COH has quite a chart for the last year:
The stock went from 50 to 80 and back to 50 over the last year. The puke shot on Jul 31st after earnings was quite a move, sending the stock down $11 on a huge gap and massive volume. In fact, that was the largest single volume day in COH stock since August 2004. In hindsight, that move turned out to be short-term capitulation, as sellers have disappeared, and buyers have been in control ever since. Given that the stock went from 80 to 50, down almost 40%, in the span of 4 months, this bounce is not a big surprise. But COH has shown its hand in my view, and I expect a retest of that 50 level in the not too distant future.
What spooked COH investors? CEO Lew Frankfort’s own words offer a clear explanation. His words from the Jul 31st press release:
As we look forward to FY13, we are mindful of balancing the impact of the muted consumer environment in North America and a softening global macroeconomic outlook with our optimism around the launch of Legacy, Men’s and the strong international expansion opportunities for Coach. Additionally, FY13 will be an investment year, as we amplify our actions to drive long-term growth. Most significant is our acceleration of the acquisition of the domestic retail operations of key Asian distributors – including those in Malaysia and Korea in the first quarter – and the further development of the infrastructure to support our global growth. In addition, we’re distorting investments in the digital space to strengthen our capabilities and deepen our engagement with consumers. We expect that together these investments will result in modest deleverage in FY13.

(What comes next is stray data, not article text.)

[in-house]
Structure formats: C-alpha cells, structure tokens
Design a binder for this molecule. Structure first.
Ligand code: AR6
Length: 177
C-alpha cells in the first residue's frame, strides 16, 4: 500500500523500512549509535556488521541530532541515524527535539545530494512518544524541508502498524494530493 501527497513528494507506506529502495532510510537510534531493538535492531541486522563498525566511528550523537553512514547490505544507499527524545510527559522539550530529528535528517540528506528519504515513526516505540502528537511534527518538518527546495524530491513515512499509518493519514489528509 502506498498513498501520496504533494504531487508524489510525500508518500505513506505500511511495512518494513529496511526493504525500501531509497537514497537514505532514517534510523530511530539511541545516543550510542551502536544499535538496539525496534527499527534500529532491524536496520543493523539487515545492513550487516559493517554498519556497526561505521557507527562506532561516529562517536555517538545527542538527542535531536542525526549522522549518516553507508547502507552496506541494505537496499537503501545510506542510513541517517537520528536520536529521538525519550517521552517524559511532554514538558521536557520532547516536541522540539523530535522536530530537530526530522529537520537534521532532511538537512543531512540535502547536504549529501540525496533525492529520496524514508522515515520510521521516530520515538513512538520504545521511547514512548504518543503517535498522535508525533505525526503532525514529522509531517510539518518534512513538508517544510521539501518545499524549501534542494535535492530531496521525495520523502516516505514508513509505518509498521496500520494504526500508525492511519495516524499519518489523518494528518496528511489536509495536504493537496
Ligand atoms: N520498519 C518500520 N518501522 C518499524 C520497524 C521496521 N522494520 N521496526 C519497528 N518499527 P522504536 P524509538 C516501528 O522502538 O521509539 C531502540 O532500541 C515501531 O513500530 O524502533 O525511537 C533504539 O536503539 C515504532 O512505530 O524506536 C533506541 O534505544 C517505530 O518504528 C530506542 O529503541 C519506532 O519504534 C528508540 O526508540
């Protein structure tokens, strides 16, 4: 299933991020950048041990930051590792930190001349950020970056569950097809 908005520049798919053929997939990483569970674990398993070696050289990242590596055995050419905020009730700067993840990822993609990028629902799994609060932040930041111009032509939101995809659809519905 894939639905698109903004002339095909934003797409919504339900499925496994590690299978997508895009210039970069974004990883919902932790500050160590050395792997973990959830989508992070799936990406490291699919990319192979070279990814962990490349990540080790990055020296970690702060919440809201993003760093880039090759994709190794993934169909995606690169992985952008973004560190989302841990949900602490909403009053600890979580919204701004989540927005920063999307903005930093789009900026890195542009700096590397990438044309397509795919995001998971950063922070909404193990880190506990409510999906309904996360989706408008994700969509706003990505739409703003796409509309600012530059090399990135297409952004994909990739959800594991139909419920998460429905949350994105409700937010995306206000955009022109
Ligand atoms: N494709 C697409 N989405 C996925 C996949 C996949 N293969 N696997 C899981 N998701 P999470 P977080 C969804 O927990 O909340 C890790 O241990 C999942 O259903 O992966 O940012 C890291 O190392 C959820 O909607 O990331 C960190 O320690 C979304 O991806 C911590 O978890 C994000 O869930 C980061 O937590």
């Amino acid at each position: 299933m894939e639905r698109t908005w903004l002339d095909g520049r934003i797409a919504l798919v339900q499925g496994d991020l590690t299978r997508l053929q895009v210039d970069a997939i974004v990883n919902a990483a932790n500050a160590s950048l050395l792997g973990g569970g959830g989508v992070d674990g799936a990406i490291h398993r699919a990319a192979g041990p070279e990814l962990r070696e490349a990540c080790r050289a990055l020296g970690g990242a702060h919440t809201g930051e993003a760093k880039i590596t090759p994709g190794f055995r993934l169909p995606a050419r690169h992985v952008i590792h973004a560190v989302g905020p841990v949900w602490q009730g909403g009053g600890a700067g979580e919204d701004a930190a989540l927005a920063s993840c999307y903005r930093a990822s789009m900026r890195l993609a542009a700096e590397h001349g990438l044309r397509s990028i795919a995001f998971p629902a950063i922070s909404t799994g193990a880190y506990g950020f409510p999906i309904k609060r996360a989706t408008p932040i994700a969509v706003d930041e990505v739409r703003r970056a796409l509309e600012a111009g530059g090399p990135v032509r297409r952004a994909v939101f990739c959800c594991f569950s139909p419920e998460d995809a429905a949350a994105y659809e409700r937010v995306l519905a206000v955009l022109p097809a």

My Translation: We don’t anticipate turning around the ship for the next 4 quarters, and are praying for the resumption of growth in Asia to offset the difficulty we’ve encountered in domestic competition (primarily from Michael Kors). Unfortunately, international growth is slowing more rapidly than we expected, so we’re concerned that Asia won’t save us. So we’re throwing some money into the digital space and hope that helps.
The real issue for COH is it has lost its cachet as the premium U.S. hand bag brand. The retail fashion cycle is about as fickle as it gets, and COH as seen its U.S. dominance erode with the influx of competitors. Meanwhile, its rapid Asian expansion over the past 3 years might turn out to be a mistimed strategic move, as Asia is clearly showing the most worrying signs of slowing over the past quarter.
I think the pre-earnings gap at 60.58 is an obvious target, but with COH less than 5% from there on today’s rally, I think this is a decent entry for a resumption of the downtrend. I want to give this trade more time given the possibility of a move up to the 60-62 area over the next month, so I’m trading out in November:
TRADE: COH ($57.50) Bought Nov 55 / 45 put spread for 2.60
-Bought 1 Nov 55 put for 3.60
-Sold 1 Nov 45 put at 1.00
Break-Even on Nov expiration:
-Profits btwn 52.40 and 45 make up to 7.40, max gain of 7.40 at 45 or below
-Losses of up to 2.60 btwn 52.40 and 55, max loss of 2.60 at 55 or above
TRADE RATIONALE: While going out to November makes this trade more expensive, and less attractive risk/reward optically, I feel much more comfortable holding 2.5 month options rather than 0.5 month or 1.5 month options in September or October expiry. This is a similar trade to my TIF Nov put spread position, and the thinking is similar as well. The fundamental headwinds should re-assert themselves by then in my view.